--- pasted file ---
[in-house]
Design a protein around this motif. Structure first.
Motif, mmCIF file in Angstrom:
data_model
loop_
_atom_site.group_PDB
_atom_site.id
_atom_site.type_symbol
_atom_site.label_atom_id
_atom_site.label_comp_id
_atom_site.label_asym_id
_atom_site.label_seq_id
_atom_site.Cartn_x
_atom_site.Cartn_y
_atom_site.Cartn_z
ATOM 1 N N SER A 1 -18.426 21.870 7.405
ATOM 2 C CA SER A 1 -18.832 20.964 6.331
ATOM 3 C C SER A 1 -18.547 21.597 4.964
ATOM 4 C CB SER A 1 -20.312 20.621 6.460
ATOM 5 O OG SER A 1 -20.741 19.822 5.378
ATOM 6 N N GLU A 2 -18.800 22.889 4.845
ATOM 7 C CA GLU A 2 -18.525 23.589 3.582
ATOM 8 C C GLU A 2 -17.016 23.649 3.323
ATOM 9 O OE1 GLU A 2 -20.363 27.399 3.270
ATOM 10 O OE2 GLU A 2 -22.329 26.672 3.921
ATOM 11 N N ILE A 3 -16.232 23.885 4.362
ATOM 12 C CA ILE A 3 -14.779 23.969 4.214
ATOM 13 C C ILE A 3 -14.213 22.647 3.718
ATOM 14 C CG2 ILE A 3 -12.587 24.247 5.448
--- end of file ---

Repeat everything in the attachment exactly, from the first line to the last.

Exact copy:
[in-house]
Design a protein around this motif. Structure first.
Motif, mmCIF file in Angstrom:
data_model
loop_
_atom_site.group_PDB
_atom_site.id
_atom_site.type_symbol
_atom_site.label_atom_id
_atom_site.label_comp_id
_atom_site.label_asym_id
_atom_site.label_seq_id
_atom_site.Cartn_x
_atom_site.Cartn_y
_atom_site.Cartn_z
ATOM 1 N N SER A 1 -18.426 21.870 7.405
ATOM 2 C CA SER A 1 -18.832 20.964 6.331
ATOM 3 C C SER A 1 -18.547 21.597 4.964
ATOM 4 C CB SER A 1 -20.312 20.621 6.460
ATOM 5 O OG SER A 1 -20.741 19.822 5.378
ATOM 6 N N GLU A 2 -18.800 22.889 4.845
ATOM 7 C CA GLU A 2 -18.525 23.589 3.582
ATOM 8 C C GLU A 2 -17.016 23.649 3.323
ATOM 9 O OE1 GLU A 2 -20.363 27.399 3.270
ATOM 10 O OE2 GLU A 2 -22.329 26.672 3.921
ATOM 11 N N ILE A 3 -16.232 23.885 4.362
ATOM 12 C CA ILE A 3 -14.779 23.969 4.214
ATOM 13 C C ILE A 3 -14.213 22.647 3.718
ATOM 14 C CG2 ILE A 3 -12.587 24.247 5.448